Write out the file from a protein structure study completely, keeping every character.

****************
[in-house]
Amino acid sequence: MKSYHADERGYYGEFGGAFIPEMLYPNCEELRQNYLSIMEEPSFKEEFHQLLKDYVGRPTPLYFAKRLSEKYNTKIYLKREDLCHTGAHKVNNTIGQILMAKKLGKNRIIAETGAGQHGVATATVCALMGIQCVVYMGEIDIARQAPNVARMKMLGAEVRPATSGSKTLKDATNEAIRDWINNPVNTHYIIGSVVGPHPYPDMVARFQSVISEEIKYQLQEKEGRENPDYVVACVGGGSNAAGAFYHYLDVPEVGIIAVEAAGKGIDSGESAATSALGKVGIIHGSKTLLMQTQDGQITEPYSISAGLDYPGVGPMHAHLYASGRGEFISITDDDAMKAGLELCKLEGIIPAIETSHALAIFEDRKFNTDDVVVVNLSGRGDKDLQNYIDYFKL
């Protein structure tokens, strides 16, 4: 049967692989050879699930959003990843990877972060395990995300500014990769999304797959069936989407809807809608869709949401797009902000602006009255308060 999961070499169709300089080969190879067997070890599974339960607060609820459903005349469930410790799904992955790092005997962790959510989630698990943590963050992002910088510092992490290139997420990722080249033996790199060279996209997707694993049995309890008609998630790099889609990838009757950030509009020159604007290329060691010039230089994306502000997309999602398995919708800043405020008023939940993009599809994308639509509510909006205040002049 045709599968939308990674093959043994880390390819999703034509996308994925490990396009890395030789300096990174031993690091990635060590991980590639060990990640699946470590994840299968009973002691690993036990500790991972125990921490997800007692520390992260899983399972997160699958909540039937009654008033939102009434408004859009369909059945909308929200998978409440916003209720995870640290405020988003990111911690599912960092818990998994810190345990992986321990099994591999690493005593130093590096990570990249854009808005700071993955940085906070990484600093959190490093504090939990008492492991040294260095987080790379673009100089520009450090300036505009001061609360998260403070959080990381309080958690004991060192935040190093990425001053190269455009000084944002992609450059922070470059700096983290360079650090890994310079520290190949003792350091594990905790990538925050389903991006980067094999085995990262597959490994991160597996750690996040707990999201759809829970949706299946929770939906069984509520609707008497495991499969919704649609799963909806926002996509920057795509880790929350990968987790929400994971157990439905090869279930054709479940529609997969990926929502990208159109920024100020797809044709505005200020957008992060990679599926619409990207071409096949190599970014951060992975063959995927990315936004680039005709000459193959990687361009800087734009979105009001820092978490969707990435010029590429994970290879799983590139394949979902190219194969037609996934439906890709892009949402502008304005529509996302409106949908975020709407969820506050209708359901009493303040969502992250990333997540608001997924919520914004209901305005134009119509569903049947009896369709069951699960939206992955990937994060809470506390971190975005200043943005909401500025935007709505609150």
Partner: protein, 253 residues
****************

[in-house]
Amino acid sequence: MKSYHADERGYYGEFGGAFIPEMLYPNCEELRQNYLSIMEEPSFKEEFHQLLKDYVGRPTPLYFAKRLSEKYNTKIYLKREDLCHTGAHKVNNTIGQILMAKKLGKNRIIAETGAGQHGVATATVCALMGIQCVVYMGEIDIARQAPNVARMKMLGAEVRPATSGSKTLKDATNEAIRDWINNPVNTHYIIGSVVGPHPYPDMVARFQSVISEEIKYQLQEKEGRENPDYVVACVGGGSNAAGAFYHYLDVPEVGIIAVEAAGKGIDSGESAATSALGKVGIIHGSKTLLMQTQDGQITEPYSISAGLDYPGVGPMHAHLYASGRGEFISITDDDAMKAGLELCKLEGIIPAIETSHALAIFEDRKFNTDDVVVVNLSGRGDKDLQNYIDYFKL
């Protein structure tokens, strides 16, 4: 049967692989050879699930959003990843990877972060395990995300500014990769999304797959069936989407809807809608869709949401797009902000602006009255308060 999961070499169709300089080969190879067997070890599974339960607060609820459903005349469930410790799904992955790092005997962790959510989630698990943590963050992002910088510092992490290139997420990722080249033996790199060279996209997707694993049995309890008609998630790099889609990838009757950030509009020159604007290329060691010039230089994306502000997309999602398995919708800043405020008023939940993009599809994308639509509510909006205040002049 045709599968939308990674093959043994880390390819999703034509996308994925490990396009890395030789300096990174031993690091990635060590991980590639060990990640699946470590994840299968009973002691690993036990500790991972125990921490997800007692520390992260899983399972997160699958909540039937009654008033939102009434408004859009369909059945909308929200998978409440916003209720995870640290405020988003990111911690599912960092818990998994810190345990992986321990099994591999690493005593130093590096990570990249854009808005700071993955940085906070990484600093959190490093504090939990008492492991040294260095987080790379673009100089520009450090300036505009001061609360998260403070959080990381309080958690004991060192935040190093990425001053190269455009000084944002992609450059922070470059700096983290360079650090890994310079520290190949003792350091594990905790990538925050389903991006980067094999085995990262597959490994991160597996750690996040707990999201759809829970949706299946929770939906069984509520609707008497495991499969919704649609799963909806926002996509920057795509880790929350990968987790929400994971157990439905090869279930054709479940529609997969990926929502990208159109920024100020797809044709505005200020957008992060990679599926619409990207071409096949190599970014951060992975063959995927990315936004680039005709000459193959990687361009800087734009979105009001820092978490969707990435010029590429994970290879799983590139394949979902190219194969037609996934439906890709892009949402502008304005529509996302409106949908975020709407969820506050209708359901009493303040969502992250990333997540608001997924919520914004209901305005134009119509569903049947009896369709069951699960939206992955990937994060809470506390971190975005200043943005909401500025935007709505609150």
Partner: protein, 253 residues